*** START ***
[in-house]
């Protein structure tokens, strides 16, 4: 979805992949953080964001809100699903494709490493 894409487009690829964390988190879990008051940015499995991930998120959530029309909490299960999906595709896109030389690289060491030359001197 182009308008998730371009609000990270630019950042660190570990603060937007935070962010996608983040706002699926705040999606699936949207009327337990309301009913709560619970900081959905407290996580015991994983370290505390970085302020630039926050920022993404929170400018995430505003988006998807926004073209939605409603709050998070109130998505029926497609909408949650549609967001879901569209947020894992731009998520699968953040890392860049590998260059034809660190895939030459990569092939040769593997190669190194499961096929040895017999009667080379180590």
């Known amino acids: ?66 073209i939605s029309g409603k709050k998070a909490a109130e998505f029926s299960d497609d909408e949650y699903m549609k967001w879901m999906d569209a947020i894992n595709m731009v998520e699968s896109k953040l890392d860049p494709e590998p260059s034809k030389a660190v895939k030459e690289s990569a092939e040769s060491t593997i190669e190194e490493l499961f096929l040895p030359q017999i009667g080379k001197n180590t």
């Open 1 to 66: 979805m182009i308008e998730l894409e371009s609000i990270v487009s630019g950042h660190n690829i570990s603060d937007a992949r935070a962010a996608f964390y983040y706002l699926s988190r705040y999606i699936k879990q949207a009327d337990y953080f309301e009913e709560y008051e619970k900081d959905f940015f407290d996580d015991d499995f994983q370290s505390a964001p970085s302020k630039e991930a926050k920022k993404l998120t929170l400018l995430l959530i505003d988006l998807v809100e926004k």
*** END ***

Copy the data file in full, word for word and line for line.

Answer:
[in-house]
């Protein structure tokens, strides 16, 4: 979805992949953080964001809100699903494709490493 894409487009690829964390988190879990008051940015499995991930998120959530029309909490299960999906595709896109030389690289060491030359001197 182009308008998730371009609000990270630019950042660190570990603060937007935070962010996608983040706002699926705040999606699936949207009327337990309301009913709560619970900081959905407290996580015991994983370290505390970085302020630039926050920022993404929170400018995430505003988006998807926004073209939605409603709050998070109130998505029926497609909408949650549609967001879901569209947020894992731009998520699968953040890392860049590998260059034809660190895939030459990569092939040769593997190669190194499961096929040895017999009667080379180590």
């Known amino acids: ?66 073209i939605s029309g409603k709050k998070a909490a109130e998505f029926s299960d497609d909408e949650y699903m549609k967001w879901m999906d569209a947020i894992n595709m731009v998520e699968s896109k953040l890392d860049p494709e590998p260059s034809k030389a660190v895939k030459e690289s990569a092939e040769s060491t593997i190669e190194e490493l499961f096929l040895p030359q017999i009667g080379k001197n180590t």
């Open 1 to 66: 979805m182009i308008e998730l894409e371009s609000i990270v487009s630019g950042h660190n690829i570990s603060d937007a992949r935070a962010a996608f964390y983040y706002l699926s988190r705040y999606i699936k879990q949207a009327d337990y953080f309301e009913e709560y008051e619970k900081d959905f940015f407290d996580d015991d499995f994983q370290s505390a964001p970085s302020k630039e991930a926050k920022k993404l998120t929170l400018l995430l959530i505003d988006l998807v809100e926004k």